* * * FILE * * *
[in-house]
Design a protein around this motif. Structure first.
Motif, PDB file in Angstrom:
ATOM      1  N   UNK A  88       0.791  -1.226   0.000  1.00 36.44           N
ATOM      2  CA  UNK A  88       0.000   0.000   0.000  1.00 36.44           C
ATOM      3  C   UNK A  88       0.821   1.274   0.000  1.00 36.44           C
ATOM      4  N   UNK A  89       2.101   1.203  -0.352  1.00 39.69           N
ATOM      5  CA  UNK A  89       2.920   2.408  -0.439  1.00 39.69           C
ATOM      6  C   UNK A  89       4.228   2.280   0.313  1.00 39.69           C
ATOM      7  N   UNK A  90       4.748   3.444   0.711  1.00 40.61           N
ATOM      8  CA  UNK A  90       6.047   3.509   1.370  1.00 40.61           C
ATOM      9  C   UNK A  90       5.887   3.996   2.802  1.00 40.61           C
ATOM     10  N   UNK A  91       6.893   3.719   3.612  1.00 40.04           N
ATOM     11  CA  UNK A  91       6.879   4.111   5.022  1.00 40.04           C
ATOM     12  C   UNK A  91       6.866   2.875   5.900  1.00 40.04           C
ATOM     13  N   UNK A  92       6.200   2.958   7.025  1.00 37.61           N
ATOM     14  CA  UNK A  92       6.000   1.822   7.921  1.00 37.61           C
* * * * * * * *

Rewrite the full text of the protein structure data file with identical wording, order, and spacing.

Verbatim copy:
[in-house]
Design a protein around this motif. Structure first.
Motif, PDB file in Angstrom:
ATOM      1  N   UNK A  88       0.791  -1.226   0.000  1.00 36.44           N
ATOM      2  CA  UNK A  88       0.000   0.000   0.000  1.00 36.44           C
ATOM      3  C   UNK A  88       0.821   1.274   0.000  1.00 36.44           C
ATOM      4  N   UNK A  89       2.101   1.203  -0.352  1.00 39.69           N
ATOM      5  CA  UNK A  89       2.920   2.408  -0.439  1.00 39.69           C
ATOM      6  C   UNK A  89       4.228   2.280   0.313  1.00 39.69           C
ATOM      7  N   UNK A  90       4.748   3.444   0.711  1.00 40.61           N
ATOM      8  CA  UNK A  90       6.047   3.509   1.370  1.00 40.61           C
ATOM      9  C   UNK A  90       5.887   3.996   2.802  1.00 40.61           C
ATOM     10  N   UNK A  91       6.893   3.719   3.612  1.00 40.04           N
ATOM     11  CA  UNK A  91       6.879   4.111   5.022  1.00 40.04           C
ATOM     12  C   UNK A  91       6.866   2.875   5.900  1.00 40.04           C
ATOM     13  N   UNK A  92       6.200   2.958   7.025  1.00 37.61           N
ATOM     14  CA  UNK A  92       6.000   1.822   7.921  1.00 37.61           C